Can’t wait to see Jesse Eisenberg play a stoner jerk trained in the superhuman skills of an assassin in the upcoming movie “American Ultra”? The rich jerk he plays in his self-scripted black comedy, “The Spoils,” doesn’t need superhuman skills to be super-toxic. Following a plot that’s almost a parody of a good-friends sitcom, this deeply unpleasant man-child manages to alienate his roommate and best friend, the girl he’s in love with, and anyone else who happens to walk through the door. The cast is terrific and director Scott Elliott (also the artistic director of The New Group) finds it in his heart to extend some compassion to Eisenberg’s perfect little beast.
The last time Eisenberg was on a New York stage — in “The Revisionist,” another play he wrote — he played an arrogant young American behaving with gross disrespect for a Holocaust survivor (played by Vanessa Redgrave). Ben, the insufferable character he plays here, is another one of those boyish brats you love to hate, and the writer-actor plays his unlovely creation with all the love-hate he deserves.
Ben is somewhere in his mid- to late-20s, and despite having dropped out of graduate school, he’s living comfortably in Manhattan in a modern apartment (tastefully designed by Derek McLane) subsidized by his rich but pointedly absent father. Although his life seems totally aimless, he manages to keep his self-loathing at bay with the fiction (improbably accepted by the few friends he has in the world) that he’s making a brilliant independent film.
For companionship rather than financial need, Ben has acquired a Nepalese roommate named Kalyan (Kunal Nayyar, a familiar face from “The Big Bang Theory” and thoroughly likable here) who is as sweet as Ben is sour, as emotionally generous as Ben is selfish. Kalyan has a lovely girlfriend, Reshma (Annapurna Sriram, perfect in this role), originally from India but far more Americanized than the rather naive Kalyan, and quite rightly protective of him.
Give the devil his due, Ben seems genuinely fond of Kalyan. (In a dopey but still-poignant gesture, he calls Kalyan his best friend and clumsily warns Reshma not to break his heart.) But the poor guy can’t help himself — he’s just obnoxious. And to give Eisenberg his due, that’s exactly the way he plays Ben.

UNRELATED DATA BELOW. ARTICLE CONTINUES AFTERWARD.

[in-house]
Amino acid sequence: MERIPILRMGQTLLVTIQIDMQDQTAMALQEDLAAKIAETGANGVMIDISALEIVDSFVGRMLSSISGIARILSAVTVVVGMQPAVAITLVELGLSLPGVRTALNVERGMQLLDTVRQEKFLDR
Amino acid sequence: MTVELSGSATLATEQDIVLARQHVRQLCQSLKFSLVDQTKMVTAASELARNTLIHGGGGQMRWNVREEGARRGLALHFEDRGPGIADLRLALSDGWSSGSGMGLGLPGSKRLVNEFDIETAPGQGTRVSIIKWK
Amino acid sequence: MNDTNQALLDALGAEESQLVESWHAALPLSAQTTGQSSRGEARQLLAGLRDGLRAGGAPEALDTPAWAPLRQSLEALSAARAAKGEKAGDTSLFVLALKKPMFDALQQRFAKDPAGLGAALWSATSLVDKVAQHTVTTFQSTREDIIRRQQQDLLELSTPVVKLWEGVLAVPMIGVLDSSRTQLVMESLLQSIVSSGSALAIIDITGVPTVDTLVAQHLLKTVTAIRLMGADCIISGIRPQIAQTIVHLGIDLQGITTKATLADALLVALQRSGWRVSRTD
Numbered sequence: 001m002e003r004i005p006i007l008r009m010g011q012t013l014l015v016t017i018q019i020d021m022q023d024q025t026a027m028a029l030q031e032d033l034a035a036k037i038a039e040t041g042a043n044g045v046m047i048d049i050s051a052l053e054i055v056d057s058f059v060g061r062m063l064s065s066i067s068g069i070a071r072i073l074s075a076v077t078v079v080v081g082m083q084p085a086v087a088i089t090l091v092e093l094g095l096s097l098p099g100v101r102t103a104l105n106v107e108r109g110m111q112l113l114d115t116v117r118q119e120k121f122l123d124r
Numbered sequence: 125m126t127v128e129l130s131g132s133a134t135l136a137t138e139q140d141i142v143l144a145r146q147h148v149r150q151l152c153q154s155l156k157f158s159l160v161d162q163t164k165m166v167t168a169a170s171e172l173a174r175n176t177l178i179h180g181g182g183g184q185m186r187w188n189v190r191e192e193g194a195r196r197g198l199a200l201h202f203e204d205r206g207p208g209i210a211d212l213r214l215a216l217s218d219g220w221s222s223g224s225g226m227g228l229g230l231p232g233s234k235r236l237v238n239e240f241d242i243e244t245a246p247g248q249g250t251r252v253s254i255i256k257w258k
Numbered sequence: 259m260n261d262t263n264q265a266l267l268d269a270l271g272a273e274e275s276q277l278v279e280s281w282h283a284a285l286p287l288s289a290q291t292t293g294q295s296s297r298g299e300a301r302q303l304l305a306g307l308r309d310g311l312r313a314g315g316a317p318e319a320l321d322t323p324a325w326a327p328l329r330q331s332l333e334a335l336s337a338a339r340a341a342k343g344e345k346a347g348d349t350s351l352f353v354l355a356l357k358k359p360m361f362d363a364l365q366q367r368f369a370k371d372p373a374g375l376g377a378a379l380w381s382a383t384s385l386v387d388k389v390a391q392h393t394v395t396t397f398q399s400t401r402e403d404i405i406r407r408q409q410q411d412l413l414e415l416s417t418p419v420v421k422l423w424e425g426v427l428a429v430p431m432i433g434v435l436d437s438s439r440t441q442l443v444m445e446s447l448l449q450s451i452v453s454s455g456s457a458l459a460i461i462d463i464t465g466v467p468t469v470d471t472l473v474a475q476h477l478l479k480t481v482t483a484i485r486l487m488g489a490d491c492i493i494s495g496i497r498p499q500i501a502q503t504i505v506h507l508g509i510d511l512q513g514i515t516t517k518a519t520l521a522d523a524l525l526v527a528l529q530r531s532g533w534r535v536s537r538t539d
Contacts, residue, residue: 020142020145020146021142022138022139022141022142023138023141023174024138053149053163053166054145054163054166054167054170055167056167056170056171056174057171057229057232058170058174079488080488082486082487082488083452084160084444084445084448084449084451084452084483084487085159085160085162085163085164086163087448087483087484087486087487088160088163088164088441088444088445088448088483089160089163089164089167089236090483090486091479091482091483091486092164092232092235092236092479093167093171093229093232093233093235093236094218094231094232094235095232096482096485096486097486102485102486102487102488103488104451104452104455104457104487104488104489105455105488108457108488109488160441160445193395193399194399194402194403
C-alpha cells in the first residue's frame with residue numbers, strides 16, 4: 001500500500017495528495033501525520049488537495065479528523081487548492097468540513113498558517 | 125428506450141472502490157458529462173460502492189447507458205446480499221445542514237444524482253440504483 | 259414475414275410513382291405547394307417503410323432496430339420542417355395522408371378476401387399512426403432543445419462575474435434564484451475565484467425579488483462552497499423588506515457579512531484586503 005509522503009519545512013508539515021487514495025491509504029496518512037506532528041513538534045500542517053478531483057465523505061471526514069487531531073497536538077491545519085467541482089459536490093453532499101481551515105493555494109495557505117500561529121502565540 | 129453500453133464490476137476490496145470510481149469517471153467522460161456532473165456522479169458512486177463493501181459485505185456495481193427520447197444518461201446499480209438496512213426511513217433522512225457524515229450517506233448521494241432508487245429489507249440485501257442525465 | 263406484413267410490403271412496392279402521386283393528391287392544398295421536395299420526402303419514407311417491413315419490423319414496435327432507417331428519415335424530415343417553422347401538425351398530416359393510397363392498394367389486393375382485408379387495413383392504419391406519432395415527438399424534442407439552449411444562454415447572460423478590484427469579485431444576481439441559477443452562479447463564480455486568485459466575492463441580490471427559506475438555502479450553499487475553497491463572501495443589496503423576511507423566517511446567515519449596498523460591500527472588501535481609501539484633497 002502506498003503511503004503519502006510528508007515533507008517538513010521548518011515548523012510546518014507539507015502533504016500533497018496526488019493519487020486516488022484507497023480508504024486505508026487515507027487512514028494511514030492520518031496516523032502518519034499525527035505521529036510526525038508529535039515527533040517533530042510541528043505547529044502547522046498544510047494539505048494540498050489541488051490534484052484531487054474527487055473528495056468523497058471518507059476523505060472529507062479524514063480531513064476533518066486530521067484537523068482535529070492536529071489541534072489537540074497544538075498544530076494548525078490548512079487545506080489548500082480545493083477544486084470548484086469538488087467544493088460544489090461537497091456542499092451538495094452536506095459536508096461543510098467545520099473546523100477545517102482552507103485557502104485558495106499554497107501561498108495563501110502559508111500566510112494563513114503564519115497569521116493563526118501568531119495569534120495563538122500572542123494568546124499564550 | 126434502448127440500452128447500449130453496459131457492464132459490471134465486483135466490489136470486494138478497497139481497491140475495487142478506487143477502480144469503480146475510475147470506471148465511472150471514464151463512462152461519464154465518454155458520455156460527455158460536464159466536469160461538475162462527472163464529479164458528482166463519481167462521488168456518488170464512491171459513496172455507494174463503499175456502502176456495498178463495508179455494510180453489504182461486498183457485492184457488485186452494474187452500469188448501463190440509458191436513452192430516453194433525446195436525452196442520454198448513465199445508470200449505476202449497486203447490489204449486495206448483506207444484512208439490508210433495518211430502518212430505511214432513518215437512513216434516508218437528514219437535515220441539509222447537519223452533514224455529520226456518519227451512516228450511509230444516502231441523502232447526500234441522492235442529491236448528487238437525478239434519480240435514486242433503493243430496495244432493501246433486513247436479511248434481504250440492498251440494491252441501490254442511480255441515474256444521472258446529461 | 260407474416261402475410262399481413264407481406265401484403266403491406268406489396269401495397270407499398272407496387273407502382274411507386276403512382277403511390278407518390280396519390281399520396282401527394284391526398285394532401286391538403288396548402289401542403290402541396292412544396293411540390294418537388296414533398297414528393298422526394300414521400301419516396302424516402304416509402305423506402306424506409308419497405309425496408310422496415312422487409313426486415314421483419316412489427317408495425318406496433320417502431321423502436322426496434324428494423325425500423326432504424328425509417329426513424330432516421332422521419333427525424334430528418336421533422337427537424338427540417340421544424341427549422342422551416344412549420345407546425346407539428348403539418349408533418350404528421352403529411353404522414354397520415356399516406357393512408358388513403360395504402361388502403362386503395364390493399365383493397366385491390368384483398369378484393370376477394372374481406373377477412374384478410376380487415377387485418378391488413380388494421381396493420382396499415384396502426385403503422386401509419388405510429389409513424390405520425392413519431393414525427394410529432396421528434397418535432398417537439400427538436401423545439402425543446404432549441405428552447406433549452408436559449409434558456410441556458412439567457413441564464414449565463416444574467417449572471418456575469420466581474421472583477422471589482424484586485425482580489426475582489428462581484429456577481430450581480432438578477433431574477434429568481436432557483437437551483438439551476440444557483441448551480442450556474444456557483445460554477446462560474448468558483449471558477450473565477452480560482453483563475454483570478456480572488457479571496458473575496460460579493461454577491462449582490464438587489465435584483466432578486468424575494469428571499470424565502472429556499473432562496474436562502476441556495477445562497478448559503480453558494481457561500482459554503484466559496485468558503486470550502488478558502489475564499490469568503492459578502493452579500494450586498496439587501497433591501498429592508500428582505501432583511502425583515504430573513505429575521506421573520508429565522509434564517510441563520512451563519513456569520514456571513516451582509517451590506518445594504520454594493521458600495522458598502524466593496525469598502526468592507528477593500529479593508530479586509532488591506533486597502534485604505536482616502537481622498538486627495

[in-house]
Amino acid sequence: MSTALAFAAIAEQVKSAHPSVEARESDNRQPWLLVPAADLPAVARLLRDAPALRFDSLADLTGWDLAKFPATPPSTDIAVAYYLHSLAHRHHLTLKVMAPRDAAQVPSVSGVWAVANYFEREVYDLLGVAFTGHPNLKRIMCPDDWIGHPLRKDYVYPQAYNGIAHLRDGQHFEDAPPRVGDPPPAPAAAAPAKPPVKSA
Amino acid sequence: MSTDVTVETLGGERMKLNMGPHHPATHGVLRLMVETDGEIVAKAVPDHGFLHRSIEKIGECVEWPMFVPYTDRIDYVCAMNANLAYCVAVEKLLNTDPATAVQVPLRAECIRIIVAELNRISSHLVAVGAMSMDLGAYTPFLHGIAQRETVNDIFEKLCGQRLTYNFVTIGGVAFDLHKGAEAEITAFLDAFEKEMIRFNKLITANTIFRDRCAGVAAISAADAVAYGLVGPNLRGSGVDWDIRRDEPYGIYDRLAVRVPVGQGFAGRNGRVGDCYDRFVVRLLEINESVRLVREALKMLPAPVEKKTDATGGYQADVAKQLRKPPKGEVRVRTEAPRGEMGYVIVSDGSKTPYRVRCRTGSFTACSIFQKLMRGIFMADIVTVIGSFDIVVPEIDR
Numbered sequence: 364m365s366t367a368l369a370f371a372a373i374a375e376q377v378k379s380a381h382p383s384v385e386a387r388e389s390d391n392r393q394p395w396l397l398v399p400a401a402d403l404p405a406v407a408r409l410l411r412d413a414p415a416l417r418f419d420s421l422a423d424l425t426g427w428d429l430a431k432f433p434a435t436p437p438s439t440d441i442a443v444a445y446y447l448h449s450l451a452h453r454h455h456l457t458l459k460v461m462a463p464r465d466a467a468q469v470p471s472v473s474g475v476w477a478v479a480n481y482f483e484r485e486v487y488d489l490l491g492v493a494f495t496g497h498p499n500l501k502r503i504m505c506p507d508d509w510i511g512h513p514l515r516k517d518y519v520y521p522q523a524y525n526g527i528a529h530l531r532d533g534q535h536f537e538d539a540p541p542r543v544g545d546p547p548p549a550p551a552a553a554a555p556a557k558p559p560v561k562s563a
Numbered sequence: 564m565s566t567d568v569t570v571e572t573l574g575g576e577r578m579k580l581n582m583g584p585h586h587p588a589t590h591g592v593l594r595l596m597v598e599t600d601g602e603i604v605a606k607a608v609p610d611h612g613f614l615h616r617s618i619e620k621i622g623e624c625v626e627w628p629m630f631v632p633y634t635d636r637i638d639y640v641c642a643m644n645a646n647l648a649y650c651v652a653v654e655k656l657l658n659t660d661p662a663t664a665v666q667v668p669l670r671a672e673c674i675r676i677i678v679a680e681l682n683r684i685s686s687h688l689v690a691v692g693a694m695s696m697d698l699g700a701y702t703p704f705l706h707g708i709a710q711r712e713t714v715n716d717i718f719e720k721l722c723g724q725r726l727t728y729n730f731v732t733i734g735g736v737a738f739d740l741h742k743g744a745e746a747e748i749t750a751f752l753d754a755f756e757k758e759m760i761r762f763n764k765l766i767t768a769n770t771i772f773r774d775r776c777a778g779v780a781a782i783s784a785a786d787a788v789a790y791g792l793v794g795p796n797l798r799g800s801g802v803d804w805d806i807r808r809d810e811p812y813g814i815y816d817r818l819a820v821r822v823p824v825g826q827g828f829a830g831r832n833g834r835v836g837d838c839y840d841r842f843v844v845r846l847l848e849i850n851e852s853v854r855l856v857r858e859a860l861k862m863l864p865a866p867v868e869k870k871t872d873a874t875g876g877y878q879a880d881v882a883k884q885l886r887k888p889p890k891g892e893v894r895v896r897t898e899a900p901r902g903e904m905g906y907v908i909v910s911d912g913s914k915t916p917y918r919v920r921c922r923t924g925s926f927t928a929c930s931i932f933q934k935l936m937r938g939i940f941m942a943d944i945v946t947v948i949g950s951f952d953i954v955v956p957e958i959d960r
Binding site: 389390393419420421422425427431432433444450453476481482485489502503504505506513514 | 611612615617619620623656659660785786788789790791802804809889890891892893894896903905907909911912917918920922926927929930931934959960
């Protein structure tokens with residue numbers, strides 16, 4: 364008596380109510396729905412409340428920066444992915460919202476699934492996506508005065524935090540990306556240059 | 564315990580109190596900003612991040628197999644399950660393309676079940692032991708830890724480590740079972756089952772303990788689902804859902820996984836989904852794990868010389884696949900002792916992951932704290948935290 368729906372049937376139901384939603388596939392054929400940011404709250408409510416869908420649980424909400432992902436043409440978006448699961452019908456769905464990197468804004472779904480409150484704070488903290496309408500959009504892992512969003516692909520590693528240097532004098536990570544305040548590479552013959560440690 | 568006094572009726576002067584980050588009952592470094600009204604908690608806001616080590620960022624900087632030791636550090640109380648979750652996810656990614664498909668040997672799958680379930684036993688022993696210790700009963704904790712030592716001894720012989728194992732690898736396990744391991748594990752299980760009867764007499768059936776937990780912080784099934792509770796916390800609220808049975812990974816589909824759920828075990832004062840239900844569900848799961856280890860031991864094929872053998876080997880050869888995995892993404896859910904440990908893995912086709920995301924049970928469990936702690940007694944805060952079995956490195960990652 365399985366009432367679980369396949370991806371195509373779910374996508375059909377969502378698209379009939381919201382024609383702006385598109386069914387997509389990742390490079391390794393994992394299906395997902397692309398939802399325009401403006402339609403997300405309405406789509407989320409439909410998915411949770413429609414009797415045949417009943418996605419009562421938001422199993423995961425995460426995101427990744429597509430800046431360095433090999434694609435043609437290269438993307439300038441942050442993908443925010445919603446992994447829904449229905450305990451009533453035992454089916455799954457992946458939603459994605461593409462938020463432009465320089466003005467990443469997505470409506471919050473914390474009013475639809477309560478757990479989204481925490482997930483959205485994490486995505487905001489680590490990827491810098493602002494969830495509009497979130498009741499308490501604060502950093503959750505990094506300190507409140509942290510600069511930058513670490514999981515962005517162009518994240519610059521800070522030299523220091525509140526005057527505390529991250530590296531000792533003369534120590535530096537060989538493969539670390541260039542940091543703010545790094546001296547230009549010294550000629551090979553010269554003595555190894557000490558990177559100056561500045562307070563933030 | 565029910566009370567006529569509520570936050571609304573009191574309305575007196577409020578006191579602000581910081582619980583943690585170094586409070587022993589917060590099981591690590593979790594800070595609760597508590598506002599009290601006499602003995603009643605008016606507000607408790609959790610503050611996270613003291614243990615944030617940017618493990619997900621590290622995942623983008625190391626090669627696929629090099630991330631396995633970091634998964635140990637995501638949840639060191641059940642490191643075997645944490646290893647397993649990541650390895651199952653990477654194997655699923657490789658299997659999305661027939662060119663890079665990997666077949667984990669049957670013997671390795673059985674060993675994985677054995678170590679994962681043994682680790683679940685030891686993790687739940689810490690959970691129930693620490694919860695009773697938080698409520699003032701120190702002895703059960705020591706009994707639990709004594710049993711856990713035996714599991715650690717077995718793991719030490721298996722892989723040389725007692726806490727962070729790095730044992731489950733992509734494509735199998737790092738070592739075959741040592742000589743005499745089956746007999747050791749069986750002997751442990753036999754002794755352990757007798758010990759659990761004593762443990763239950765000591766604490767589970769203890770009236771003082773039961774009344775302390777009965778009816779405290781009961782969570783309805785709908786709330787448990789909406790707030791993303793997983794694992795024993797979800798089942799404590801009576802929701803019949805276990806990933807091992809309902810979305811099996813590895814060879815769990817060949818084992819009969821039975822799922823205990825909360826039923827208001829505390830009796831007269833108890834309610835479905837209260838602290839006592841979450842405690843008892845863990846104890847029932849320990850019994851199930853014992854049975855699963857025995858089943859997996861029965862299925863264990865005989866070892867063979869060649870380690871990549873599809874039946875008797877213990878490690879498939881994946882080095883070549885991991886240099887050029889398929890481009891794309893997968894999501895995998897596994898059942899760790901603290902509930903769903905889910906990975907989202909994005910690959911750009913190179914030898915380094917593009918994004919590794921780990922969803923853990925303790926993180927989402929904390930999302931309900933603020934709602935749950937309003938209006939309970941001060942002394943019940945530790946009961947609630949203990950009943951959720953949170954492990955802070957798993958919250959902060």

The performance is especially astute on a physical level. Not cutting Ben the least bit of slack, the actor has given him the self-protective (and self-loathing) posture of a rounded back and caved-in chest. Kicking it up a few notches, he’s also saddled him with facial tics and, more sympathetically, a tendency to bury his face in his hands.
Whatever made Ben the way he is (and why doesn’t the playwright give us a few solid clues?), he’s smart enough to know when he’s being deliberately cruel; indeed, he takes perverse satisfaction in it. But he honestly doesn’t seem to realize that his “good” behavior is just as appalling.
What sends Ben around the bend is finding out that Sarah Newburg (Erin Darke, knocking herself out to make this idealized character believable), the only girl he ever loved, is getting married to a nerdy banker named Ned (Michael Zegen, daring to be funny). It isn’t pretty, what Ben does to try to stop the wedding, but it does earn him an ounce of pity. And while “The Spoils” (what means this dumb title?) is more of a “Day in the Life of …” character sketch than a fully constructed drama, it leaves us wanting to find a kind way to put Ben out of his misery.